How to help learners practice safe healthcare to decrease mortality during labor
In recent years, there has been an increase in maternal mortality rates in the United States.The maternal mortality rate for 2020 was 23.8 deaths per 100,000 live births compared with a rate of 20.1 in 2019.1 Additionally, Black women are disproportionately affected as they are more than three times likelier to die during childbirth.2
In California, postpartum hemorrhage is one of the leading causes of severe maternal morbidity and mortality. Postpartum hemorrhage is potentially preventable. Access to quality, patient-centered healthcare wherever the mother is located is vital for quick recognition and treatment of childbirth emergencies.
MamaNatalie is a birthing simulator that makes it easy to create very compelling simulations of complex or normal birthing scenarios. Learners can train on normal delivery, post-partum complications and neonatal resuscitation to improve management of skills and communication from ambulance to delivery room. Nursing schools including MamaNatalie in their curriculum will have the advantages of utilizing:
Enhance team communication and exercise clear leadership with multi-professional simulations. Use debriefing to include reflection and self-assessment.
Learn to evaluate the placenta, and identify uterine firmness. Practice performing uterine massage and bimanual compressions. Enable staff to identify critical blood loss and respond according to protocol.
Research shows that training with MamaNatalie leads to a significant reduction in severe post-partum hemorrhage and a reduction in blood transfusion rates after birth.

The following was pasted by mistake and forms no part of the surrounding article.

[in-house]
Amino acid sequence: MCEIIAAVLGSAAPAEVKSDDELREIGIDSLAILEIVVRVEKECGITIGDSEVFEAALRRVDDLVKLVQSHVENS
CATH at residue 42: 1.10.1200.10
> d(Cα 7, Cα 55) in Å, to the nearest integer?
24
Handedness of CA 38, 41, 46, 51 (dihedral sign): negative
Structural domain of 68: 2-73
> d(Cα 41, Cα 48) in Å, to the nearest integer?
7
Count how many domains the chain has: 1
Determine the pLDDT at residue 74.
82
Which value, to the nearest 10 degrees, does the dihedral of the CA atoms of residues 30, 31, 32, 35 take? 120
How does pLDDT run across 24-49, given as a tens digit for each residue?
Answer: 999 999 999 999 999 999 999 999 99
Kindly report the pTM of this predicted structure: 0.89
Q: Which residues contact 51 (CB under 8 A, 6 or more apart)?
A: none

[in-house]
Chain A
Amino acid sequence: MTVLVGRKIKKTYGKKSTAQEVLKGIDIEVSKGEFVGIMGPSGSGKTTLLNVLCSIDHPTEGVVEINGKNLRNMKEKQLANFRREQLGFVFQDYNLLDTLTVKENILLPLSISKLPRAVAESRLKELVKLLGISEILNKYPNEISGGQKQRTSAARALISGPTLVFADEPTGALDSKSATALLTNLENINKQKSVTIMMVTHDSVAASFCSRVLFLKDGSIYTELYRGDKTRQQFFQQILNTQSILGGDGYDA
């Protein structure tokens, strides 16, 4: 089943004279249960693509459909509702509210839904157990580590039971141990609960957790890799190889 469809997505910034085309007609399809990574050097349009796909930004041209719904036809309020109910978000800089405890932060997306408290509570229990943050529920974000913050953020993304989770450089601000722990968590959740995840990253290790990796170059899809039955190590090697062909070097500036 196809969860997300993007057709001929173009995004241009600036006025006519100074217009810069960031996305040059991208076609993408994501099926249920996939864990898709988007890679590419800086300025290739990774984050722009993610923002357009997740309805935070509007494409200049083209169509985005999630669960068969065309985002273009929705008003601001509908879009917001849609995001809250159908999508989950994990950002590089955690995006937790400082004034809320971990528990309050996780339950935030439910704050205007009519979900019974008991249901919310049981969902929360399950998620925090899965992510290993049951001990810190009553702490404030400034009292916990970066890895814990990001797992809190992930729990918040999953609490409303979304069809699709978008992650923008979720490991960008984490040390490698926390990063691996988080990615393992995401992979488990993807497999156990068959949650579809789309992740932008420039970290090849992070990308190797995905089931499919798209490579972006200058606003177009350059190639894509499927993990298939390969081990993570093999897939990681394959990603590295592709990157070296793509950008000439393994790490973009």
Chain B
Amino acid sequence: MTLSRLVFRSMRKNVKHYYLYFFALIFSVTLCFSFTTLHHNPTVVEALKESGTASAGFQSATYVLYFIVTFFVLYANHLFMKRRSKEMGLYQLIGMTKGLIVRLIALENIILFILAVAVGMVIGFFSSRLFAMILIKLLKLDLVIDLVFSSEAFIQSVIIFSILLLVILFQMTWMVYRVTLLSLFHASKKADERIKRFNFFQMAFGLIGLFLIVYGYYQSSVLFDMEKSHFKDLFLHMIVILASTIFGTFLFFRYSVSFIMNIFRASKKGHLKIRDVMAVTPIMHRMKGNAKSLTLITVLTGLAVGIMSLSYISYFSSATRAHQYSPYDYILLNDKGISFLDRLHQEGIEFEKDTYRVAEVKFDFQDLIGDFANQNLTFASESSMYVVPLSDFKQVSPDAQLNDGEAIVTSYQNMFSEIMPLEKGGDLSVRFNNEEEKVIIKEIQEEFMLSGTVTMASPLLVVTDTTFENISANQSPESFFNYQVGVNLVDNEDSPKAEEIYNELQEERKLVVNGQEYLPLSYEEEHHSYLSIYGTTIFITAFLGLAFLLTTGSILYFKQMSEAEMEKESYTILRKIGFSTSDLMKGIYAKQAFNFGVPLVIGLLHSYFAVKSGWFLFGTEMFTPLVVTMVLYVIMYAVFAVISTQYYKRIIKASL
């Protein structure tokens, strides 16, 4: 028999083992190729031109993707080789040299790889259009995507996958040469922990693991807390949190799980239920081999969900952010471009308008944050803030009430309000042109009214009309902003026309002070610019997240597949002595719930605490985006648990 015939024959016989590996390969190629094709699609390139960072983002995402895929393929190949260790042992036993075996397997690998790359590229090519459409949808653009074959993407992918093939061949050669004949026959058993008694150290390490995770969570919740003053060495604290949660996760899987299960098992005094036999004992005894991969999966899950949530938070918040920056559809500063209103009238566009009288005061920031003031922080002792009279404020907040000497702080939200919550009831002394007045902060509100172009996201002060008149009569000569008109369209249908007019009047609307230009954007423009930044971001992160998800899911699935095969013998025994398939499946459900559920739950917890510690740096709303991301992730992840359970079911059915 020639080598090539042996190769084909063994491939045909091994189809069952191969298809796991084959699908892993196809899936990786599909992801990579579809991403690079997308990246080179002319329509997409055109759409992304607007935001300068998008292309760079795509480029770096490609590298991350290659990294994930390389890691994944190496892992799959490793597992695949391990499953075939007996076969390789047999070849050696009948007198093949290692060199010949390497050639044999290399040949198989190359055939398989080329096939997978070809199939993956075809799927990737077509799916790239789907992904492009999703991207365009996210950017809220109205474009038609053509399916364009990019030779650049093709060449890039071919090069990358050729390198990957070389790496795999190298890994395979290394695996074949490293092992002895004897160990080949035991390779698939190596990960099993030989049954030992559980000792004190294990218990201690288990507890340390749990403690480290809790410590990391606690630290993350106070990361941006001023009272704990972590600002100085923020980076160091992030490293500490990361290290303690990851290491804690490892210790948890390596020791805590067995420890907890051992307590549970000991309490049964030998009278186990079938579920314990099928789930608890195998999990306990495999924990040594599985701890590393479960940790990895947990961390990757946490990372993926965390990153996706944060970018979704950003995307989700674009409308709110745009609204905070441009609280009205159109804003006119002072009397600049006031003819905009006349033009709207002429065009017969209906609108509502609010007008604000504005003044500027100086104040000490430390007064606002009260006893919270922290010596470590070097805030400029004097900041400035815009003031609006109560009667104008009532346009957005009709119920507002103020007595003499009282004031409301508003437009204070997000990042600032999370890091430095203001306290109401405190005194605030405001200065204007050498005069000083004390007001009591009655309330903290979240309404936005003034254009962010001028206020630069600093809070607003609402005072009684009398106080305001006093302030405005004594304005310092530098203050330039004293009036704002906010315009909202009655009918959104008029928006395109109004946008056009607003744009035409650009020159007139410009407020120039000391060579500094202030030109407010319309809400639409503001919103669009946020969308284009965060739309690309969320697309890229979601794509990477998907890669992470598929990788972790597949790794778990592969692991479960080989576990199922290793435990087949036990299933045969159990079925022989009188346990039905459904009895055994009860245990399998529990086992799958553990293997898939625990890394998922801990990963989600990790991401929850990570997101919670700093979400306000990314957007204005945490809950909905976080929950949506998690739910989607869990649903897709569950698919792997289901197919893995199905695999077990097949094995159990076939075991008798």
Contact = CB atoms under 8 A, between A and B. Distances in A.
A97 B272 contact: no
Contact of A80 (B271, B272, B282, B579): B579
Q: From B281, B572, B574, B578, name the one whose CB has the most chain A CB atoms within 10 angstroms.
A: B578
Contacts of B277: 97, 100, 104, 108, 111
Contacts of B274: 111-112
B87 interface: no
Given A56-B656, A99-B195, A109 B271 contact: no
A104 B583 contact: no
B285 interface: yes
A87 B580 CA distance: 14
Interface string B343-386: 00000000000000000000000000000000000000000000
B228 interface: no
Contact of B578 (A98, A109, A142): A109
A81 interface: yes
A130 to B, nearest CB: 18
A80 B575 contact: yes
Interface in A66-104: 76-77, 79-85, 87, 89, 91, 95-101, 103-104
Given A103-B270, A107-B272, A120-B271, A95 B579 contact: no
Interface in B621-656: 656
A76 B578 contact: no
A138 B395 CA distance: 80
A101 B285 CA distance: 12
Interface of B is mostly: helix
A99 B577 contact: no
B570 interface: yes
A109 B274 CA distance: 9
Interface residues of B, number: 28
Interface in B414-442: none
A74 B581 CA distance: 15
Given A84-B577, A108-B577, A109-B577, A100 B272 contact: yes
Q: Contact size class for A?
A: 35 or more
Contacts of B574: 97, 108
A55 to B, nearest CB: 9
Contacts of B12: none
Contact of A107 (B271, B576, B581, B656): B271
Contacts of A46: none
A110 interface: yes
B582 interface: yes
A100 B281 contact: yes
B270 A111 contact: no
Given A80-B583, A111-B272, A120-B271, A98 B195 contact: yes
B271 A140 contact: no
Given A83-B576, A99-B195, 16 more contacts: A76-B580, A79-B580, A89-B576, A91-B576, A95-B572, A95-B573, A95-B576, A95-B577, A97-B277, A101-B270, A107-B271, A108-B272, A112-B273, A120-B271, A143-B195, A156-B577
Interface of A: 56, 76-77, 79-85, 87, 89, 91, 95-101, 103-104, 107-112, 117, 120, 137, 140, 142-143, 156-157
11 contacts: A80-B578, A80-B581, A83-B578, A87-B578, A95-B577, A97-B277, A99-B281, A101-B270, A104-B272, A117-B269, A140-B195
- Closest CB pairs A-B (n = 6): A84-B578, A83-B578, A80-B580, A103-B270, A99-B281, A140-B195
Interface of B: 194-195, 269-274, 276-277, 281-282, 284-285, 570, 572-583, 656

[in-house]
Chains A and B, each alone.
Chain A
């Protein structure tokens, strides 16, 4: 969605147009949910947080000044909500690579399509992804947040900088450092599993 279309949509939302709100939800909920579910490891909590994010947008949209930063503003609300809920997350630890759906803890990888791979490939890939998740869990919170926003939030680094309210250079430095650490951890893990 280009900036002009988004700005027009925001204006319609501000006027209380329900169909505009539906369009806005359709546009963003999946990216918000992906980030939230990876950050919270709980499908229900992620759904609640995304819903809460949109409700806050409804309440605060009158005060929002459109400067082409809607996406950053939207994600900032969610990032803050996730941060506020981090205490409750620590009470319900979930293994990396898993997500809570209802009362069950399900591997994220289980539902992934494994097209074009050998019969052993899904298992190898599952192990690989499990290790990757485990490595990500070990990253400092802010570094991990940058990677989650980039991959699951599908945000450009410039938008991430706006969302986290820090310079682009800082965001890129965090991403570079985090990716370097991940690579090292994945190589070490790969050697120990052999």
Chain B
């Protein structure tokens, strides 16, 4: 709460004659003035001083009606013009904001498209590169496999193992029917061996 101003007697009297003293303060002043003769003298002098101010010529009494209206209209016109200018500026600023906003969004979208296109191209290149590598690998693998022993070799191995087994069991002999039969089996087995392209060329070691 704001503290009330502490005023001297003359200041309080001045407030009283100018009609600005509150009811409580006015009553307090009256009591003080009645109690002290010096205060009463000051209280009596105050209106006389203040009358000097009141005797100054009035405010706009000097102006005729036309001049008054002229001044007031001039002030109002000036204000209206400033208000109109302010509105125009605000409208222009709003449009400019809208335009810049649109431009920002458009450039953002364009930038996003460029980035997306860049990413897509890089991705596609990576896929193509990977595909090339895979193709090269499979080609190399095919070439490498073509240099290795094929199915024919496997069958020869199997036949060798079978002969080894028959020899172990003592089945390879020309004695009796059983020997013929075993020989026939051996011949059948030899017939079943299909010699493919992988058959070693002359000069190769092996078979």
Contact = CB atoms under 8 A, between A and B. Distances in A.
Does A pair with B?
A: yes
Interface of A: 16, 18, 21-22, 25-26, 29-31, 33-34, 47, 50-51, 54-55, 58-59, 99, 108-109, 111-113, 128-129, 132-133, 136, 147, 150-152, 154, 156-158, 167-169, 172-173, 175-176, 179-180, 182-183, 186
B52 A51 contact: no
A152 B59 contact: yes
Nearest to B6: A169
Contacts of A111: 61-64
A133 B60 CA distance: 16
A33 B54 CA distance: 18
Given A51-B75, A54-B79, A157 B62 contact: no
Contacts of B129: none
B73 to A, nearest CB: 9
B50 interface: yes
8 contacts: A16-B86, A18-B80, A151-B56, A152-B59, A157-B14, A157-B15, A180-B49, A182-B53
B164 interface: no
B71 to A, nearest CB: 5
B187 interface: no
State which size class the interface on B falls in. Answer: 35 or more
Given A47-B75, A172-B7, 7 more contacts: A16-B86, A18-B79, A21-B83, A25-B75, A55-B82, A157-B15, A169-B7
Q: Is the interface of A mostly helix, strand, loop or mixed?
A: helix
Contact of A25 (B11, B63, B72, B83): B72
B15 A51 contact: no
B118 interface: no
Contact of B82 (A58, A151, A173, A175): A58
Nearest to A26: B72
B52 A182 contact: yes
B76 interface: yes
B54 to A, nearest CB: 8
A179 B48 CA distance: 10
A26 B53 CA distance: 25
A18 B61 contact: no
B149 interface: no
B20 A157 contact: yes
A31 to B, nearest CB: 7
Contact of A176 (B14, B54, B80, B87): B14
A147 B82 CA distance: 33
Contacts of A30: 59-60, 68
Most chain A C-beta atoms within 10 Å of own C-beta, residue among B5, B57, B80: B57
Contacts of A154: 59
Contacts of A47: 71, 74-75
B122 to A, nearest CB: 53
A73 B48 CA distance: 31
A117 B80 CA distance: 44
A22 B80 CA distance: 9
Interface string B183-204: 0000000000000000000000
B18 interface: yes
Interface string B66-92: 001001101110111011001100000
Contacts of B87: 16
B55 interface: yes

"MamaNatalie brings the option of a wearable device for student-learners to practice safe healthcare delivery and preventative measures to help decrease mortality and morbidity in labor and delivery simulations," explains Elizabeth Vega, Associate Professor and Simulationist at Concordia University.
"Eleven years ago, I developed interest in the MamaNatalie birthing/postpartum wearable device because of Laerdal’s `Buy One Gift One` initiative: for every MamaNatalie purchased, another one is donated to a low-resource country for teaching purposes. For the past five years I have been using the MamaNatalie wearable uterine device in nursing student clinical simulations to practice maternity nursing skills of Leopold’s maneuvers and fundal assessment for intrapartum and postpartum scenarios."
"MamaNatalie is easy to set up and use, with a strap to secure around the waist. It holds one liter of simulated blood and is operated by the student-learner. The beauty of having a student-learner wear this prop is when theater mimics life. The student responds to questions in real time, acts out the vital signs on the monitor, operates the prop to bleed out, and allows the nursing student healthcare team to respond in the moment to a life-threatening situation."
"The nursing students feel the urgency of the situation when they view the bloody chux and continued blood flow during the simulation. In addition, the simulated clinical environment is outfitted to provide whatever the students would need to enact the CQMCC protocol. The students' remarks following this simulation include, 'felt real', 'we needed more people,' and 'we learned the value of fundal massage and maternal assessment following delivery.'
Using this valued wearable device/prop in maternal-child nursing student simulations may help improve these future nurses in readiness, recognition, and response to postpartum hemorrhage in maternity settings."
Submitted by Elizabeth Vega, Associate Professor and Simulationist at Concordia University
Deliveries and drills
• Normal delivery
• Assisted delivery: forceps and vacuum
• Breech delivery
• Postpartum Hemorrhage
Anatomy and clinical features
• Positioning and delivery of the baby
• Delivery of the placenta (complete, partially retained and retained)
• Cervix landmark
• Urine bladder catheterization
• Uterine massage (atonic and contracted uterus)
• Controllable uterine firmness
• Realistic bleeding
• Bimanual compression
For each birthing simulator purchased through Laerdal Medical for use in high-income countries, a second one is donated to support the Helping Mothers Survive initiative in low-income countries. The gifted simulators are used for implementing the Helping Mothers Survive Program in more than 40 countries.
Learn more about how the donated units are used at:
For more information on the programs and products see also: